In the art of manufacturing rubber, temperatures during polymerization and processing can reach 50-120° C. At these temperatures, some cyclic lithioamine functional groups can undergo elimination of the amine, resulting in a disruption of the polymerization process and/or loss of the polymer-bound amino content.
To overcome this shortcoming, U.S. Pat. No. 5,496,940 teaches cyclic amine alkyllithium compounds have been found to exhibit better heat stability during polymerization. The resulting polymers also exhibit a greater degree of heat stability. Preferred anionic initiators taught therein include hexamethyleneiminopropyllithium, hexamethyleneiminohexyllithium and dodecamethyleneiminopropyllithium.
Although many functional groups have been contemplated that would impart hysteretic loss reducing properties to vulcanizates, the initiators from which the functional groups ultimately derive must be soluble in solvents conducive to anionic polymerization. To address this issue, U.S. Pat. No. 5,332,810 teaches an anionic polymerization initiator that is soluble in acyclic alkane solvents. This particular initiator is the reaction product of an amine, an organolithium and a solubilizing component. The solubilizing component may be a hydrocarbon, an ether, an amine, or a mixture thereof.
Likewise, U.S. Pat. No. 5,578,542 teaches a mixed amine system, where otherwise non-soluble metal amides are rendered soluble when mixed with other metal amides. It has been found that such mixed amine systems increase solubility by about two-fold, thereby delaying the onset of visible precipitation for a period of days, and even weeks, at room temperature in hexanes.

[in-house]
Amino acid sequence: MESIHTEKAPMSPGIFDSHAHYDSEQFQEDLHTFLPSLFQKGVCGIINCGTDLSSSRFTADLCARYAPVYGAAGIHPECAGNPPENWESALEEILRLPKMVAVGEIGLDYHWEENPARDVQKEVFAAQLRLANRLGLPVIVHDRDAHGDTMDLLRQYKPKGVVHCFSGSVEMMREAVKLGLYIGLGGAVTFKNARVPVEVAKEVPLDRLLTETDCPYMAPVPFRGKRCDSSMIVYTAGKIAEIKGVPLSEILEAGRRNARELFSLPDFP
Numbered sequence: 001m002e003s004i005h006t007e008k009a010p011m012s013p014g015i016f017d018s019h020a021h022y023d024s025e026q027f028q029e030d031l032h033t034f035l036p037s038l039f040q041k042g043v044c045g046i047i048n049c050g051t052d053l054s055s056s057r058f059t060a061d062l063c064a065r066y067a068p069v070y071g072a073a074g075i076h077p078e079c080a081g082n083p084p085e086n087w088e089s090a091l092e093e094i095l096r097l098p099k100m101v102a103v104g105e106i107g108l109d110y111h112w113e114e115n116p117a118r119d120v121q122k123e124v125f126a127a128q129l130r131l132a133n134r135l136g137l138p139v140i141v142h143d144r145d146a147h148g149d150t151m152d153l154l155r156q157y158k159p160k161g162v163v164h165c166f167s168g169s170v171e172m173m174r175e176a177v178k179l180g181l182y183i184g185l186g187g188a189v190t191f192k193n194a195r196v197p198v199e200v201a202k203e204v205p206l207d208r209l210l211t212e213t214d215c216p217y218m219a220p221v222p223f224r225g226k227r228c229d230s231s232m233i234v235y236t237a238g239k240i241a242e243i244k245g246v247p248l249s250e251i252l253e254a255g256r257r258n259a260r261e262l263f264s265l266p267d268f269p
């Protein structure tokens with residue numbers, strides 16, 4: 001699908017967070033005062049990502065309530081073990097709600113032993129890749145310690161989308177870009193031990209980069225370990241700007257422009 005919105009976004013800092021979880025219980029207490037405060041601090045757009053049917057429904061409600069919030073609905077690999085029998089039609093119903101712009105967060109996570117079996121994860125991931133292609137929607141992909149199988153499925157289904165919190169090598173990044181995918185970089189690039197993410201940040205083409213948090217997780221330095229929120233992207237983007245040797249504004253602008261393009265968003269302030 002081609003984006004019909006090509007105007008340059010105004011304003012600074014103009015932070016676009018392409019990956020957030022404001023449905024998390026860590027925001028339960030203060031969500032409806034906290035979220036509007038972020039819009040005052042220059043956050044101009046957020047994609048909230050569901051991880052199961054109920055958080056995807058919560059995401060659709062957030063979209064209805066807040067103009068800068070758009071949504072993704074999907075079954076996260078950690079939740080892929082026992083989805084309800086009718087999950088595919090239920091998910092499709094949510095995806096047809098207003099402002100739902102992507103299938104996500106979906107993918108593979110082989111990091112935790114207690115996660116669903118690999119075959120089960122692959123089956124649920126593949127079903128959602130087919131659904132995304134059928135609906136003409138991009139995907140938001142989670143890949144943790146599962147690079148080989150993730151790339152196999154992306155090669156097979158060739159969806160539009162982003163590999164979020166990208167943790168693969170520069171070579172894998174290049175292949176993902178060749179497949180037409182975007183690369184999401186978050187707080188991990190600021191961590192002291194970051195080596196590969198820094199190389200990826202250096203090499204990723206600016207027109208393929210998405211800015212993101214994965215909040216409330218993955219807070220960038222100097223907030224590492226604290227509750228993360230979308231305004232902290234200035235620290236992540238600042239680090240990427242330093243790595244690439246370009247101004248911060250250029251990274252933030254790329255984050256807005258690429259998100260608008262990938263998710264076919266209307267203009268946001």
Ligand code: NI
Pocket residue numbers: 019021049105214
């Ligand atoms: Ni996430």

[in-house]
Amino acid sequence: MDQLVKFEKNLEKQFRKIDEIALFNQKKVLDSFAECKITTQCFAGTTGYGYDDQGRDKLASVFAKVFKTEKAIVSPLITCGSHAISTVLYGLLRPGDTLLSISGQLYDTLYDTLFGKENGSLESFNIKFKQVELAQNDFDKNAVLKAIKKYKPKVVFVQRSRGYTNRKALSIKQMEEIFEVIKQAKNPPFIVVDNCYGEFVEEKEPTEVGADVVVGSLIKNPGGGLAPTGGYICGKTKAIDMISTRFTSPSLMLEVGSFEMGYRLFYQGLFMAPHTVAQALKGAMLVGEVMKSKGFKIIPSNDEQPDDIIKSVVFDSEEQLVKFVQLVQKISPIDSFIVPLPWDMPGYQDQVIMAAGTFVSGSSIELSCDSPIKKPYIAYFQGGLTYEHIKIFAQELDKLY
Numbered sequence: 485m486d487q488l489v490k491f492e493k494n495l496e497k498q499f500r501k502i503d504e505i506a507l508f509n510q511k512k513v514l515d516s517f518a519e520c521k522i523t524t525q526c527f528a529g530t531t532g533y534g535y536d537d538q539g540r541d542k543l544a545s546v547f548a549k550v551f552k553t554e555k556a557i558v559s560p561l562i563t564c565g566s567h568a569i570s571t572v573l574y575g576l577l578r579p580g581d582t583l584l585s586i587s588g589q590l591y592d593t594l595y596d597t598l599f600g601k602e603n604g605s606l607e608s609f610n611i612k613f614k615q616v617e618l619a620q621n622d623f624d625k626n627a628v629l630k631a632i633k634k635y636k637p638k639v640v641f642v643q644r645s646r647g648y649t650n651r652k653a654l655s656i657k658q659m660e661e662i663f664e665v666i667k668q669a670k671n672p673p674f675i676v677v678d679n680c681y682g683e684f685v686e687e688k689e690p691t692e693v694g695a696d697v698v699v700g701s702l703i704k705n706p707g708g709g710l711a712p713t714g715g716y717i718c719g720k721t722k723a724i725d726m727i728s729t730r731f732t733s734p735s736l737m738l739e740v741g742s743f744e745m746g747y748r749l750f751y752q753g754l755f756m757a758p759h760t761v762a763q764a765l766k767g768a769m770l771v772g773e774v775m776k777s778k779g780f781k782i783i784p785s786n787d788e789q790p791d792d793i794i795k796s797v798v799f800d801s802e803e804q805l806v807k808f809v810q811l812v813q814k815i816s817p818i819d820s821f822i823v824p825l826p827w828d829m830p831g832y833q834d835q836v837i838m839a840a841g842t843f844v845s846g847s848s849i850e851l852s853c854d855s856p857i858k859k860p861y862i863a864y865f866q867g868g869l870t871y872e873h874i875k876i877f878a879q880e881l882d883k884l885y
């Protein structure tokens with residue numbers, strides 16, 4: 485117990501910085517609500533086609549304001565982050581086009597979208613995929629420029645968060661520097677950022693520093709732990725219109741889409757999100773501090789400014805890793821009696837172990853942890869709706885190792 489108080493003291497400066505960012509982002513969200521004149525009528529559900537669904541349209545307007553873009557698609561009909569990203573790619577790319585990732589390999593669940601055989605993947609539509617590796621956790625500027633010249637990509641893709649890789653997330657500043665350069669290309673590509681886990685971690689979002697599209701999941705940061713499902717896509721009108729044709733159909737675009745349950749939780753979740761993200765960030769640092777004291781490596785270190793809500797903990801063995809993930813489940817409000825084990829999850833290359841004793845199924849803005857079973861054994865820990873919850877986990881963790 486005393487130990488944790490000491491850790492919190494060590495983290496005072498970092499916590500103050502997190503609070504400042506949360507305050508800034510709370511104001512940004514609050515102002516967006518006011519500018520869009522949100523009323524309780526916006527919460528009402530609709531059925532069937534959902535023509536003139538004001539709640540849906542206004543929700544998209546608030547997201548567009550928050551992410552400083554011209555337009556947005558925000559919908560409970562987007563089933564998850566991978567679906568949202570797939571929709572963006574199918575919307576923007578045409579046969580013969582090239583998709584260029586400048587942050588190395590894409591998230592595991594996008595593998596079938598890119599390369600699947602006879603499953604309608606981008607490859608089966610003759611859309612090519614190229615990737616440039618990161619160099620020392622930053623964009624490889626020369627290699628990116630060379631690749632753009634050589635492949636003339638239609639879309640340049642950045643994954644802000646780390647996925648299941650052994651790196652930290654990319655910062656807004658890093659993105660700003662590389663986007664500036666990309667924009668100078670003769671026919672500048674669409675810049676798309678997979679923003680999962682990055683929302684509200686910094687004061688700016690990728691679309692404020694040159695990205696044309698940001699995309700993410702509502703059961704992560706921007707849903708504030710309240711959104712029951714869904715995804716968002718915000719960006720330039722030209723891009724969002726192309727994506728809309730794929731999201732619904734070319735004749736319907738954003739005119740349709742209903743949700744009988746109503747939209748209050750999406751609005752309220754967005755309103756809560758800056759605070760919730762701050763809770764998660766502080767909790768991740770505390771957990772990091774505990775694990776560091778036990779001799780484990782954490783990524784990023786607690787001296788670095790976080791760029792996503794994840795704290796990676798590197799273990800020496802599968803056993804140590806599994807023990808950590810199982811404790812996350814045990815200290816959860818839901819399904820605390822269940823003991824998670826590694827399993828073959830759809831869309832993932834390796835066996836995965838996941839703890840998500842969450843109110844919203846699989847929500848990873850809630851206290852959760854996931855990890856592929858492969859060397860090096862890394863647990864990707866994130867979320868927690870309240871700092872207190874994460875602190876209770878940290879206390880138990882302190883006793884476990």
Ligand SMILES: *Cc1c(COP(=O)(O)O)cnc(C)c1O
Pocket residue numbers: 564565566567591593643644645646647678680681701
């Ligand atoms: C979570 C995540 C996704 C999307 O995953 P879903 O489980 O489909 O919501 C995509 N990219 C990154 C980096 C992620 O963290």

U.S. Pat. No. 5,550,203 teaches an anionic polymerization initiator that is chain extended. The chain extension results in improved solubility of the initiator in hydrocarbon solvents and an increased rate of polymerization when Such initiators are employed. It has been found, however, that refrigeration of these initiators within a hydrocarbon solvent is required for storage because decomposition of the initiator can occur.
It is therefore, an object of the present invention to provide a solution containing cyclic aminoalkyllithium compounds.
It is another object of the present invention to provide an aliphatic solution of cyclic aminoalkyllithium compounds having improved solubility over solutions known heretofore in the art.
It is yet another object of the present invention to provide an aliphatic solution of cyclic aminoalkyllithium compounds that exhibit improved solubility at 0° C.